Date of Graduation
Master of Science in Biology
zebrafish, environmental toxicology, herbicides, heart inhibitors, morphological deformities, development
Biology | Developmental Biology
Environmental contaminants are chemicals of anthropogenic origin that are found in water, soil, and air, and are harmful to a wide variety of organisms (ORD US EPA, 2018-a). One common group of contaminants are herbicides. Though herbicides are used to control unwanted vegetation in agriculture, aquatic organisms and humans may be exposed to these herbicides through run off into streams and rivers, by drinking contaminated water, by consuming treated crops, by direct exposure, or through bioaccumulation. Thus the effect of these herbicides on animals needs further investigation. In this study, I sought to determine whether six different herbicides, which have had minimal testing in animal studies, have teratogenic effects. Thus, I exposed zebrafish embryos (from the blastoderm stage to 4 days post fertilization) to the herbicides, and assessed the effects of each herbicide on embryonic development. My results indicate that all herbicides tested, with the exception of nicosulfuron, led to some form of toxicity, cardiac dysfunction, or other developmental error. For example, exposure of zebrafish embryos to high concentrations of glufosinate-ammonium or thifensulforon-methyl resulted in some embryos exhibiting cardiac dysfunction. However, due to variation in the results at different concentrations, the LD50 (lethal dose 50%) of these herbicides could not be identified. Quizalofop-p-ethyl exposed embryos displayed cardiac dysfunction at the LD50. However, at concentrations slightly higher than the LD50, embryos exhibited a general toxicity that led to 100% mortality. Mecoprop treatment led to variability in mortality at different concentrations. However, within the suspected LD50, mecoprop treated embryos exhibited cardiac dysfunction, as well as a host of other abnormalities: shortened body axis, micropthalmia, curved spine, tail malformation, lack of motility, and abdominal edema. At a range of concentrations, hexazinone treatment resulted in cardiac dysfunction as well as defective pigment cell alignment, shortened body axis, micropthalmia, tail malformation, lack of motility, and abdominal edema. The results of this study provide evidence that one herbicide, nicosulfuron, appears to be safe for zebrafish embryonic development and survival. However, many of these herbicides have teratogenic effects that need to be explored further.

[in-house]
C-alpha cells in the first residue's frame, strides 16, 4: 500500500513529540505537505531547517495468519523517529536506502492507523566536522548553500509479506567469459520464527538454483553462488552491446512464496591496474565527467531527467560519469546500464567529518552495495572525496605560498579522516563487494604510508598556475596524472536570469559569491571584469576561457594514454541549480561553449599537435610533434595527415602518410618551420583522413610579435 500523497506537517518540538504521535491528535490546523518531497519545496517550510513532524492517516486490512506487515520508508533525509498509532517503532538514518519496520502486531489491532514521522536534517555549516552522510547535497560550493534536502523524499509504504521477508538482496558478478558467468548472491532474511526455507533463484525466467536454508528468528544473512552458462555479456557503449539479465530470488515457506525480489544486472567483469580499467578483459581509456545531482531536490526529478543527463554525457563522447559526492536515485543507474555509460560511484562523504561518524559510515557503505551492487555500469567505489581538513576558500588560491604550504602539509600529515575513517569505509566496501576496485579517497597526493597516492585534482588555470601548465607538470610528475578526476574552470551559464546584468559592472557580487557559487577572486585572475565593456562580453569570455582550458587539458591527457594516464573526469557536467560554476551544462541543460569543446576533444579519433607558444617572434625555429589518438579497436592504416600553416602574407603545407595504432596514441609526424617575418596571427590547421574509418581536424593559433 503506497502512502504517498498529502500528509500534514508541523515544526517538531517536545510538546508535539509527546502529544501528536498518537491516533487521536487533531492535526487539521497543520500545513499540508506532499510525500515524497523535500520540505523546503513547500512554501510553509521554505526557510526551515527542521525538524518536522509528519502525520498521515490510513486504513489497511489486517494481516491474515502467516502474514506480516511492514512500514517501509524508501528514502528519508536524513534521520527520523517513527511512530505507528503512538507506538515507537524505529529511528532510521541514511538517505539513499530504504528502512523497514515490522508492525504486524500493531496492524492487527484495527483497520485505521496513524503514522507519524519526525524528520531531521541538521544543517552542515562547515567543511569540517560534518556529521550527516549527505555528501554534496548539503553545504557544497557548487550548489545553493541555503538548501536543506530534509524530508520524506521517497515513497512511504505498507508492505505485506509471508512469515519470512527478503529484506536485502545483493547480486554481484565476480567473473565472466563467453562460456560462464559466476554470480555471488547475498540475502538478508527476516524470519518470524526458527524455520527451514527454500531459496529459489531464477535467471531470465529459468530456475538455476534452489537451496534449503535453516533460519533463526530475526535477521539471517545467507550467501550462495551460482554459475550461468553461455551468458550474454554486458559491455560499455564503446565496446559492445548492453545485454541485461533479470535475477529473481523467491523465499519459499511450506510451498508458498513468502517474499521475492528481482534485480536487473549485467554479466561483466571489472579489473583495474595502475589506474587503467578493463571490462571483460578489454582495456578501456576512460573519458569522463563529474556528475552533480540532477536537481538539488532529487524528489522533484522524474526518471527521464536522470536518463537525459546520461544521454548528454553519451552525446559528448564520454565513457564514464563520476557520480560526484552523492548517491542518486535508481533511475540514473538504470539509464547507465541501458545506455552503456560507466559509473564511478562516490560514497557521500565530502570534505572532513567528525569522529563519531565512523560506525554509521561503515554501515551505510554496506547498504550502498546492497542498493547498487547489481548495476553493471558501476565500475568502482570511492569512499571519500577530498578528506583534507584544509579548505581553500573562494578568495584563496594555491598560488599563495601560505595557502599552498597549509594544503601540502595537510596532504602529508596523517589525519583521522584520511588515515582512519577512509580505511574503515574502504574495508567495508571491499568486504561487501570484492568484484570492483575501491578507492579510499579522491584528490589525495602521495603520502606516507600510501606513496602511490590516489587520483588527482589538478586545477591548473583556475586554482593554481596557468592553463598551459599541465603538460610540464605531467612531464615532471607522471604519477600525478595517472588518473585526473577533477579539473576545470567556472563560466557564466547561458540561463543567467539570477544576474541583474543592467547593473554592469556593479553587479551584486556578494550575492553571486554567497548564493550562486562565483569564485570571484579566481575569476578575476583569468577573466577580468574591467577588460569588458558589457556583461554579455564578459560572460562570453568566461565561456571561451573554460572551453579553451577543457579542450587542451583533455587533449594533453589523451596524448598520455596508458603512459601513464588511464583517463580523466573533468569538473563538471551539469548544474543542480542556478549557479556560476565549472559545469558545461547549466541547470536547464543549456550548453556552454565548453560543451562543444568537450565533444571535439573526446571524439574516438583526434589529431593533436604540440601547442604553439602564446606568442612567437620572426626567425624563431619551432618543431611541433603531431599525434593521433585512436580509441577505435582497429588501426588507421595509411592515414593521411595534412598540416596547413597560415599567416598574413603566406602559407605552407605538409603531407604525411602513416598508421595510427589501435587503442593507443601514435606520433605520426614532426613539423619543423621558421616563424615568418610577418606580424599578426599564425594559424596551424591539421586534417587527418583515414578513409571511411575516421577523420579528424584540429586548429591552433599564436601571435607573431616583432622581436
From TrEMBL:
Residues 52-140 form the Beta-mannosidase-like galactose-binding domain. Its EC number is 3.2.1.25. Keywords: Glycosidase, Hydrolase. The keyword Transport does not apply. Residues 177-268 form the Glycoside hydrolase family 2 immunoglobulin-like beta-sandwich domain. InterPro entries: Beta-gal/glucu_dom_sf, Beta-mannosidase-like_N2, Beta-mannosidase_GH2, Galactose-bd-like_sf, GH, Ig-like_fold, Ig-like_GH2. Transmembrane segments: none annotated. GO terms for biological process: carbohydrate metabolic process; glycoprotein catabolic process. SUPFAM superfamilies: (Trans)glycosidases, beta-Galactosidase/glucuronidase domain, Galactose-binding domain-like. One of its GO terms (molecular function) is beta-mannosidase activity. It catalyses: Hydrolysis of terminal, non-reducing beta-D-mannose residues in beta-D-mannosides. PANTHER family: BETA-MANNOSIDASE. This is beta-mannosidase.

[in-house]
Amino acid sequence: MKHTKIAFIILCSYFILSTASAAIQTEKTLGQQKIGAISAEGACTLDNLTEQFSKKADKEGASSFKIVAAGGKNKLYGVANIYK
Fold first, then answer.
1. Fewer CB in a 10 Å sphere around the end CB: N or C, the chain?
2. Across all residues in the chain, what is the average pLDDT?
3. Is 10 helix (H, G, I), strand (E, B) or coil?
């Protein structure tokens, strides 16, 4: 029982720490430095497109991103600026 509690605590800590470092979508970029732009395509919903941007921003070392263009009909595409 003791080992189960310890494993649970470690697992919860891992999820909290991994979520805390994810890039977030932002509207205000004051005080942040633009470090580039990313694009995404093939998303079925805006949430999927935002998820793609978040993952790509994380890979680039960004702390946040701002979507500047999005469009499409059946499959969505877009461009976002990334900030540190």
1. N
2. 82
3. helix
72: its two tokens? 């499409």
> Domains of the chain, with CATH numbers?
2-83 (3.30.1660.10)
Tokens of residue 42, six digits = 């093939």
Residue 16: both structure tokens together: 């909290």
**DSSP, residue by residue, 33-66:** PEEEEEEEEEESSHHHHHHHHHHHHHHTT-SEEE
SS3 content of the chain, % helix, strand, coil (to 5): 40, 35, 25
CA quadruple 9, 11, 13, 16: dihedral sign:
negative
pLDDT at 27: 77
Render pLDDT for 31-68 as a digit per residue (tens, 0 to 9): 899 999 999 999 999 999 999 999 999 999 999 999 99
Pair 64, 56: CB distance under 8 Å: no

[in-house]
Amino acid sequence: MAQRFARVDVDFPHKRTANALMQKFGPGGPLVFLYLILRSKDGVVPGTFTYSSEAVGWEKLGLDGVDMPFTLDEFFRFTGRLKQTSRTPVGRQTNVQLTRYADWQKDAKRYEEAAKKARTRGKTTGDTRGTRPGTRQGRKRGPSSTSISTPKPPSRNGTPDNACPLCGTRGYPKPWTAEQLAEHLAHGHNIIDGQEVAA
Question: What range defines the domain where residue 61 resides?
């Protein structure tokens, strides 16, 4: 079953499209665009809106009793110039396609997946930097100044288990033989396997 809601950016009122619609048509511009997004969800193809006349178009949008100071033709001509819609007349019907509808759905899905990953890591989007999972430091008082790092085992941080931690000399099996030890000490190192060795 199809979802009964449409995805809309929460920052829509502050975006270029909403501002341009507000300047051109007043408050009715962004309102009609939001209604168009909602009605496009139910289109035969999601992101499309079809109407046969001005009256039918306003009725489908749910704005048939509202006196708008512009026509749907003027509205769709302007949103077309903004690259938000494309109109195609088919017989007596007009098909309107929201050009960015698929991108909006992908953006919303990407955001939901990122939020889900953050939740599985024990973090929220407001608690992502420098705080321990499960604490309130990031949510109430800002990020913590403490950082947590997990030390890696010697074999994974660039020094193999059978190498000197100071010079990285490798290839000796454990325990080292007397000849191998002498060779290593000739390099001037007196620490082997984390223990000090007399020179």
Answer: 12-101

© Kayla Ray King
King, Kayla Ray, "Effects of Herbicides on Zebrafish Embryo Development and Viability" (2019). MSU Graduate Theses. 3399.